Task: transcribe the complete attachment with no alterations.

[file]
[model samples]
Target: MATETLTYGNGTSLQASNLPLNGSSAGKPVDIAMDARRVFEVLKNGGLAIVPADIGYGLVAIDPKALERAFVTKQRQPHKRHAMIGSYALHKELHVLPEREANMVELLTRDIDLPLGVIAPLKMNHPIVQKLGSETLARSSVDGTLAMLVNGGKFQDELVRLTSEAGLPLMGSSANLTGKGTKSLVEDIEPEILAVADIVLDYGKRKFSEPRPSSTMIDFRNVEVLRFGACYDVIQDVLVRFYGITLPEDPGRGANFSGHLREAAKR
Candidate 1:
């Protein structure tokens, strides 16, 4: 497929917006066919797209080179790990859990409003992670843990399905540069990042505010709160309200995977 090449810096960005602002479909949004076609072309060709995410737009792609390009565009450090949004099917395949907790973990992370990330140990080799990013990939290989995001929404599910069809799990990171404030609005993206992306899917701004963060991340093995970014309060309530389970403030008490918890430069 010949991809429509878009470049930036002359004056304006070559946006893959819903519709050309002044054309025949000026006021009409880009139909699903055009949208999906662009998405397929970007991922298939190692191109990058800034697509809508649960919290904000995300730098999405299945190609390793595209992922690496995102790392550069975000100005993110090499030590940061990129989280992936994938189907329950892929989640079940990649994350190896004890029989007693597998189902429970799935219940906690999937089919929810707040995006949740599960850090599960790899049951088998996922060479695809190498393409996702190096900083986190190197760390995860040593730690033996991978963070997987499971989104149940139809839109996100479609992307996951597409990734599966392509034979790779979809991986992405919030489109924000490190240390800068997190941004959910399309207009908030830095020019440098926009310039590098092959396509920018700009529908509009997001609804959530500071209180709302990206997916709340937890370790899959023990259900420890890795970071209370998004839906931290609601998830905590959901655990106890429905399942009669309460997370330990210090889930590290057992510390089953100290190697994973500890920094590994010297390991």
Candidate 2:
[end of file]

[model samples]
Target: MATETLTYGNGTSLQASNLPLNGSSAGKPVDIAMDARRVFEVLKNGGLAIVPADIGYGLVAIDPKALERAFVTKQRQPHKRHAMIGSYALHKELHVLPEREANMVELLTRDIDLPLGVIAPLKMNHPIVQKLGSETLARSSVDGTLAMLVNGGKFQDELVRLTSEAGLPLMGSSANLTGKGTKSLVEDIEPEILAVADIVLDYGKRKFSEPRPSSTMIDFRNVEVLRFGACYDVIQDVLVRFYGITLPEDPGRGANFSGHLREAAKR
Candidate 1:
């Protein structure tokens, strides 16, 4: 497929917006066919797209080179790990859990409003992670843990399905540069990042505010709160309200995977 090449810096960005602002479909949004076609072309060709995410737009792609390009565009450090949004099917395949907790973990992370990330140990080799990013990939290989995001929404599910069809799990990171404030609005993206992306899917701004963060991340093995970014309060309530389970403030008490918890430069 010949991809429509878009470049930036002359004056304006070559946006893959819903519709050309002044054309025949000026006021009409880009139909699903055009949208999906662009998405397929970007991922298939190692191109990058800034697509809508649960919290904000995300730098999405299945190609390793595209992922690496995102790392550069975000100005993110090499030590940061990129989280992936994938189907329950892929989640079940990649994350190896004890029989007693597998189902429970799935219940906690999937089919929810707040995006949740599960850090599960790899049951088998996922060479695809190498393409996702190096900083986190190197760390995860040593730690033996991978963070997987499971989104149940139809839109996100479609992307996951597409990734599966392509034979790779979809991986992405919030489109924000490190240390800068997190941004959910399309207009908030830095020019440098926009310039590098092959396509920018700009529908509009997001609804959530500071209180709302990206997916709340937890370790899959023990259900420890890795970071209370998004839906931290609601998830905590959901655990106890429905399942009669309460997370330990210090889930590290057992510390089953100290190697994973500890920094590994010297390991």
Candidate 2: